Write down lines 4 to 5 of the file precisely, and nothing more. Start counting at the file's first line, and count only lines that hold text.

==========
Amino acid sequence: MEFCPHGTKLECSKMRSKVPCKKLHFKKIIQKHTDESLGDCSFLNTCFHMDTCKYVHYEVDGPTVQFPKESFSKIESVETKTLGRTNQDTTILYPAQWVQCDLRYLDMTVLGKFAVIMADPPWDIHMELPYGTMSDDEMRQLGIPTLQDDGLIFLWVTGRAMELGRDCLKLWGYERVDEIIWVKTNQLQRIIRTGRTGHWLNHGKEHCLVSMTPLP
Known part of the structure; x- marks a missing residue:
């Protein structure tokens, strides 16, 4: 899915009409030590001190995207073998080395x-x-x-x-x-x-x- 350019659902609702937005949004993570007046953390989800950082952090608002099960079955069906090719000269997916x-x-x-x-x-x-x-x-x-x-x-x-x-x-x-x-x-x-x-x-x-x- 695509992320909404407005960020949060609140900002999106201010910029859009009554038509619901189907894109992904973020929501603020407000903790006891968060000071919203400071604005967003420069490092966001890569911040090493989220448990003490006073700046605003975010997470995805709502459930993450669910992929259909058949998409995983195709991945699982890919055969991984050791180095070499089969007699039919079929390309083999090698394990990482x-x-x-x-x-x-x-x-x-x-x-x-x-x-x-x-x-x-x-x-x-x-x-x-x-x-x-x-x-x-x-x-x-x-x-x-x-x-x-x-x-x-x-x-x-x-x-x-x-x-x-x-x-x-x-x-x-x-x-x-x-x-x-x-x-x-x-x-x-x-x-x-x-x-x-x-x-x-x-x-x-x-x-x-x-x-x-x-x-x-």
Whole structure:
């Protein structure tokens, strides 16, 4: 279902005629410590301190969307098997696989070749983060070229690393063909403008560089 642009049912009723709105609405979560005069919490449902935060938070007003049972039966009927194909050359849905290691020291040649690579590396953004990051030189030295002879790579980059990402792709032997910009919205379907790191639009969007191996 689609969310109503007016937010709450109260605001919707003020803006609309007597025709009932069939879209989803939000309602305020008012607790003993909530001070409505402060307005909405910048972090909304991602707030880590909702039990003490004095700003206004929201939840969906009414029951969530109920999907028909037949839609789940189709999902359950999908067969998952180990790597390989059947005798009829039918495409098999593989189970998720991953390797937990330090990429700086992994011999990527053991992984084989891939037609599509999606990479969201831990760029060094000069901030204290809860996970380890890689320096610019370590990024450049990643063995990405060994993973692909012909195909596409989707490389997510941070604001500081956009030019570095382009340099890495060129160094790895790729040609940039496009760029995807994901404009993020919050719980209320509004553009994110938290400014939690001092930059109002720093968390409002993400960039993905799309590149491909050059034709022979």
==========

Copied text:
Whole structure:
């Protein structure tokens, strides 16, 4: 279902005629410590301190969307098997696989070749983060070229690393063909403008560089 642009049912009723709105609405979560005069919490449902935060938070007003049972039966009927194909050359849905290691020291040649690579590396953004990051030189030295002879790579980059990402792709032997910009919205379907790191639009969007191996 689609969310109503007016937010709450109260605001919707003020803006609309007597025709009932069939879209989803939000309602305020008012607790003993909530001070409505402060307005909405910048972090909304991602707030880590909702039990003490004095700003206004929201939840969906009414029951969530109920999907028909037949839609789940189709999902359950999908067969998952180990790597390989059947005798009829039918495409098999593989189970998720991953390797937990330090990429700086992994011999990527053991992984084989891939037609599509999606990479969201831990760029060094000069901030204290809860996970380890890689320096610019370590990024450049990643063995990405060994993973692909012909195909596409989707490389997510941070604001500081956009030019570095382009340099890495060129160094790895790729040609940039496009760029995807994901404009993020919050719980209320509004553009994110938290400014939690001092930059109002720093968390409002993400960039993905799309590149491909050059034709022979």